Should the Public Be Able to Watch the Supreme Court’s Upcoming Same-Sex Marriage Arguments?
The U.S. Supreme Court will take up two same-sex marriage cases next month. While the oral arguments are expected to garner wide media attention, there will no television cameras inside the Supreme Court courtroom.
Although cameras are now allowed in courtrooms across the country, the Supreme Court justices maintain that they have no place in the high court. In fact, the only pictures that have been published of the court in session were surreptitiously taken by members of the audience, including a Time Magazine photograph taken in 1937 by a woman who hid a camera in her purse and took the picture through a small hole cut into it.
C-Span, which televises Congressional proceedings, has lobbied to have Supreme Court proceedings televised since 1988. In recent years, lawmakers have also introduced legislation in both houses of Congress that would require the Court to televise its public proceedings.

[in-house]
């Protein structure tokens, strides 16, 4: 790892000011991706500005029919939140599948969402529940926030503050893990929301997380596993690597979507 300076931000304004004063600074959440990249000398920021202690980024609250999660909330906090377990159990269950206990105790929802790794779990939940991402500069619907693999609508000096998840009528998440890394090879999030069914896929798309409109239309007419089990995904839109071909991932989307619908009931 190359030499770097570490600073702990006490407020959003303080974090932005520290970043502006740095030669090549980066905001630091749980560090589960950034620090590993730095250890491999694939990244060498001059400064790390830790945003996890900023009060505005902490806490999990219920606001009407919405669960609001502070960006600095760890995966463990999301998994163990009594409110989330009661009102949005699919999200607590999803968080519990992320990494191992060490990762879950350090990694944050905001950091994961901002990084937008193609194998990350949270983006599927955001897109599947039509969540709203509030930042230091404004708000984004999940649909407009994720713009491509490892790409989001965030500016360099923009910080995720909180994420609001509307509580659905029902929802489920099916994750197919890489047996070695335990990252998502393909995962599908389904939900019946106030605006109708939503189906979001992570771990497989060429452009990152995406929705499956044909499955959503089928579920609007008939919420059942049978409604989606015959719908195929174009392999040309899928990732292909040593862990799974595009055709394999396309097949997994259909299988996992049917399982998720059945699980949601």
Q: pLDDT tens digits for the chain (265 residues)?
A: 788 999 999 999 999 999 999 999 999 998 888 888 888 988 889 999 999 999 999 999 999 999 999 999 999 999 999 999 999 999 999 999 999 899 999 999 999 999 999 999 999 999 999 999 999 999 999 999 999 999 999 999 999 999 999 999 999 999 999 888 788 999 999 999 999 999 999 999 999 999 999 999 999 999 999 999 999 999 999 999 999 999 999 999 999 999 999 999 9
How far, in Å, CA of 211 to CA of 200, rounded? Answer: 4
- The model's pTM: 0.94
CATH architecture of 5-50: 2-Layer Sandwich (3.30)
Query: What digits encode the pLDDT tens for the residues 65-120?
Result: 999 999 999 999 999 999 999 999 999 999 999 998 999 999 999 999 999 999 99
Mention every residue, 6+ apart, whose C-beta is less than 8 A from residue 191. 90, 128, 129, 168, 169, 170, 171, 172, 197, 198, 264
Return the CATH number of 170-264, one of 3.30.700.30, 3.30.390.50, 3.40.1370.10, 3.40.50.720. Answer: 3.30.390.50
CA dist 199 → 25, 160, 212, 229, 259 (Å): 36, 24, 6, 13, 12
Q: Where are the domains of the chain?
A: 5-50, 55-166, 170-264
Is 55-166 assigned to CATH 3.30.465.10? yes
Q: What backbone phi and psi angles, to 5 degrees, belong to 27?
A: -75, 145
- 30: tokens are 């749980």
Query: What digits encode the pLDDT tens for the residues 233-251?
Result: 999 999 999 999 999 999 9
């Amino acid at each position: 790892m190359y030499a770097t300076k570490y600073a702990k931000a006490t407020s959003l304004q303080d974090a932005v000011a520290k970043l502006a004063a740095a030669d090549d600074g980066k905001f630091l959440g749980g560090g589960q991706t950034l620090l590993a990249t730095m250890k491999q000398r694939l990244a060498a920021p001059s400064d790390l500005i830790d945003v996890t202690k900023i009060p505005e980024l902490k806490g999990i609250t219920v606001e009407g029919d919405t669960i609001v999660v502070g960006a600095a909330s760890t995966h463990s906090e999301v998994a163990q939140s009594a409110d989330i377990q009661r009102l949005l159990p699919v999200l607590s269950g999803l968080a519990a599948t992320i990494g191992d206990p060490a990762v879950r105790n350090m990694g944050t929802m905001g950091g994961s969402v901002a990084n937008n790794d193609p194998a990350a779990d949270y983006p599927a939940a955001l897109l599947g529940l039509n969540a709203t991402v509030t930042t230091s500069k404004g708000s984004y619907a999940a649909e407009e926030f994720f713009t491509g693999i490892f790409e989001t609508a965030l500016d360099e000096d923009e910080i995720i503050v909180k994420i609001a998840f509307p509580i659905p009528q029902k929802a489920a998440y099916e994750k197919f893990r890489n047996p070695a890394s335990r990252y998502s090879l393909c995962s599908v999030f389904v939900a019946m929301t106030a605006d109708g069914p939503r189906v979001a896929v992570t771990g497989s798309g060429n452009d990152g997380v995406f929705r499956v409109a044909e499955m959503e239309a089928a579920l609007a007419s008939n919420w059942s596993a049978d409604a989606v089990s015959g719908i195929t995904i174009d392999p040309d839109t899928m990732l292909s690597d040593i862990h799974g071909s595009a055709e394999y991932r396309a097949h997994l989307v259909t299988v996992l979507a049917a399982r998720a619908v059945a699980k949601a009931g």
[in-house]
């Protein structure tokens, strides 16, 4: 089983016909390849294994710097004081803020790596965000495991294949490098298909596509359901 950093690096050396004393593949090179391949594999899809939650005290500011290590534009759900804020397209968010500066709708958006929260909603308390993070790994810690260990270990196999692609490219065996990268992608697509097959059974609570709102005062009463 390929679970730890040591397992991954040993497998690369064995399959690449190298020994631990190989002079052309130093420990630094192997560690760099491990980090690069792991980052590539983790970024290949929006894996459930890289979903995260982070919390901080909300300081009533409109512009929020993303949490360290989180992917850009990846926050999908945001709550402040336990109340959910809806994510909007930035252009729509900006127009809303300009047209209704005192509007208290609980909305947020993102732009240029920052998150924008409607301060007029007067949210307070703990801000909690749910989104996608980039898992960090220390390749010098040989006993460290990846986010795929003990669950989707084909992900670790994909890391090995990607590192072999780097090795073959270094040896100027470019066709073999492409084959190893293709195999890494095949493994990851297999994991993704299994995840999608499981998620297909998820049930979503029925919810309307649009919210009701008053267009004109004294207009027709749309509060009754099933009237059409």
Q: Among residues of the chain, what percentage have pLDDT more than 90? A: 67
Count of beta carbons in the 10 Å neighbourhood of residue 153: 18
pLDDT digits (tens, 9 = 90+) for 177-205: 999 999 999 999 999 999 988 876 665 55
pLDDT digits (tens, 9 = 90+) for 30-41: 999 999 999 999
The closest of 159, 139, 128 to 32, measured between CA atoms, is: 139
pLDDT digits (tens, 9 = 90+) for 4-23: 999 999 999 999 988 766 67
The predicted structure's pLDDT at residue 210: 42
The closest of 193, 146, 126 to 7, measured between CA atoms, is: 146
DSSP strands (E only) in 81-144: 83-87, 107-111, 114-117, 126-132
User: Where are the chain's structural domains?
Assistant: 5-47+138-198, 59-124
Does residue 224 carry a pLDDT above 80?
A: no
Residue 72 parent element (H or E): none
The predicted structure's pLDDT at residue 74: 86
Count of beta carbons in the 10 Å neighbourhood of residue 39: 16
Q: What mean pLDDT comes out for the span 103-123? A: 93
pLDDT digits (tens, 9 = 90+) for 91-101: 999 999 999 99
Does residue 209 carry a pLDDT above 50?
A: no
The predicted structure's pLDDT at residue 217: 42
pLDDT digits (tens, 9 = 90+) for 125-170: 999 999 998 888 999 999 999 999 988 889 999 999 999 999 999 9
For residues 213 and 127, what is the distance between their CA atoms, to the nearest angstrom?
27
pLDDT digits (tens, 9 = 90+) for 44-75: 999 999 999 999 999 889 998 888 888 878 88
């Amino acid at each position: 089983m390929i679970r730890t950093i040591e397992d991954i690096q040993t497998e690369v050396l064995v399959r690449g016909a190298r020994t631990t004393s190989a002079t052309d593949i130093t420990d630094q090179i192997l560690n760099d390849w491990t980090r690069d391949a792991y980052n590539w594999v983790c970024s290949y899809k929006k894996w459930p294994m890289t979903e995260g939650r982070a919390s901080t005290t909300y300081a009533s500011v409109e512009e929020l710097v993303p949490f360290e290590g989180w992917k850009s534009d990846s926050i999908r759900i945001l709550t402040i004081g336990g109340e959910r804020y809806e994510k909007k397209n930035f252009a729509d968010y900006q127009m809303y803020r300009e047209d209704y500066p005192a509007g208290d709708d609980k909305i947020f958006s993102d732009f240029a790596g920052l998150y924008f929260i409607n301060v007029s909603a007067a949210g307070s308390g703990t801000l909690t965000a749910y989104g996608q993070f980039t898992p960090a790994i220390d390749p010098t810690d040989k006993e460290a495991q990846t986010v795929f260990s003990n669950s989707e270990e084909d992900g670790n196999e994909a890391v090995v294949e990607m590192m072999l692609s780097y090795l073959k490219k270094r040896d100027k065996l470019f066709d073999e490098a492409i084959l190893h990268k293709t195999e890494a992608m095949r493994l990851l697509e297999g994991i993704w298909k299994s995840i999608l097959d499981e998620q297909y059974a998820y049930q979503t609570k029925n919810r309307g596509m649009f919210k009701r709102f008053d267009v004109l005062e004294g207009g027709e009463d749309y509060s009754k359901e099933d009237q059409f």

Interestingly, several of the Supreme Court’s newest justices even expressed a willingness to allow cameras before they took their seats on the bench. Justice Sonia Sotomayor is the latest to reverse her opinion on cameras in the courtroom.
During her confirmation hearings, Sotomayor told the Senate that she had “positive experiences” with cameras in the courtroom during arguments before the U.S. Court of Appeals for the 2nd Circuit. However, earlier this month she told PBS that televising Supreme Court proceedings “could be more misleading than helpful” because very few viewers understand the issues and Supreme Court process. Justice Elena Kagan also changed course after a few years on the bench, dashing the hopes of those who thought younger, more tech savvy justices would be more supportive.
Without cameras in the courtroom, the oral arguments and resulting same-sex marriage decision will be disseminated to the public in what some have called a modern game of telephone. While we will be able to read a transcript of the proceedings and the final opinion, the demeanor of the justices during oral arguments and their reaction to the ruling will come to us through the lens of those lucky enough to be there.